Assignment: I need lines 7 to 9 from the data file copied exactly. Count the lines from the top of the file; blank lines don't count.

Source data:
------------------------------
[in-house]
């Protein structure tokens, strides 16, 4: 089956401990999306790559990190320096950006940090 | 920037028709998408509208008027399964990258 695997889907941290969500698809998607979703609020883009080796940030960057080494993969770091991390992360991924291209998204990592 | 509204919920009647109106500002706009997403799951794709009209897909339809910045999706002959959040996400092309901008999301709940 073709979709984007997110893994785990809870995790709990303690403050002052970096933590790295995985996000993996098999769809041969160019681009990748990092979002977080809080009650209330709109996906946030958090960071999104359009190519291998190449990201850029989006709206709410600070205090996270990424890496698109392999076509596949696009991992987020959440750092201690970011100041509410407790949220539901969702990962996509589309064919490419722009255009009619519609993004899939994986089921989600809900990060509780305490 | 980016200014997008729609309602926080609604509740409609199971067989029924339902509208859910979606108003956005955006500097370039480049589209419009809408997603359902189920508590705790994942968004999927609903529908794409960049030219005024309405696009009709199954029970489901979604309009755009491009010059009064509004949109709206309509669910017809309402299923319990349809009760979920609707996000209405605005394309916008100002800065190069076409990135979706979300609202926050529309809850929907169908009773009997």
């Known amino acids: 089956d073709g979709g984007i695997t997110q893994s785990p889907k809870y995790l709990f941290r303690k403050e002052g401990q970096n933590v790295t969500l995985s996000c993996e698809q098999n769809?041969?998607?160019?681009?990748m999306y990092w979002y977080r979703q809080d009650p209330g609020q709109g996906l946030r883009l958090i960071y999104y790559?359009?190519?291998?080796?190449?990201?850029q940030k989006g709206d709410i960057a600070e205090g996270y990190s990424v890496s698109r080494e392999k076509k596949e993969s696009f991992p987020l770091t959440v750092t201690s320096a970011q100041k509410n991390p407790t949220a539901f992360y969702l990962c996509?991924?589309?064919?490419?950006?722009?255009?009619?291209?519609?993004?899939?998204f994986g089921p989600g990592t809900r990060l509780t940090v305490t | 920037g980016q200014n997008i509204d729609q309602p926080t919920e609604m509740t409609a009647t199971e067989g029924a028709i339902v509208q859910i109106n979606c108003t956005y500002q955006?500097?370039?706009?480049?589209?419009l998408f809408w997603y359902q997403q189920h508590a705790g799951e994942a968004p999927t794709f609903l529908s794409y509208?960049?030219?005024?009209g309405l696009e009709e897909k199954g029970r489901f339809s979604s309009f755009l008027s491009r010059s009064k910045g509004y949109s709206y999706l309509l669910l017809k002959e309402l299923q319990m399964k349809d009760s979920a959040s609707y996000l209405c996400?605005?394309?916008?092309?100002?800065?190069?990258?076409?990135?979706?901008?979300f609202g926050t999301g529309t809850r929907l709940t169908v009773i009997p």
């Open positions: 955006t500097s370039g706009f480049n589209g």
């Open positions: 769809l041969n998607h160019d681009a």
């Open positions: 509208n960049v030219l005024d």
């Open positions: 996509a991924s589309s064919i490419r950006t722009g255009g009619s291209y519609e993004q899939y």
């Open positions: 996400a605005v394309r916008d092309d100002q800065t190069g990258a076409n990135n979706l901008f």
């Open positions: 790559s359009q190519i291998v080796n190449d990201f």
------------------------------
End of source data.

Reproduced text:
């Open positions: 996509a991924s589309s064919i490419r950006t722009g255009g009619s291209y519609e993004q899939y």
């Open positions: 996400a605005v394309r916008d092309d100002q800065t190069g990258a076409n990135n979706l901008f």
């Open positions: 790559s359009q190519i291998v080796n190449d990201f």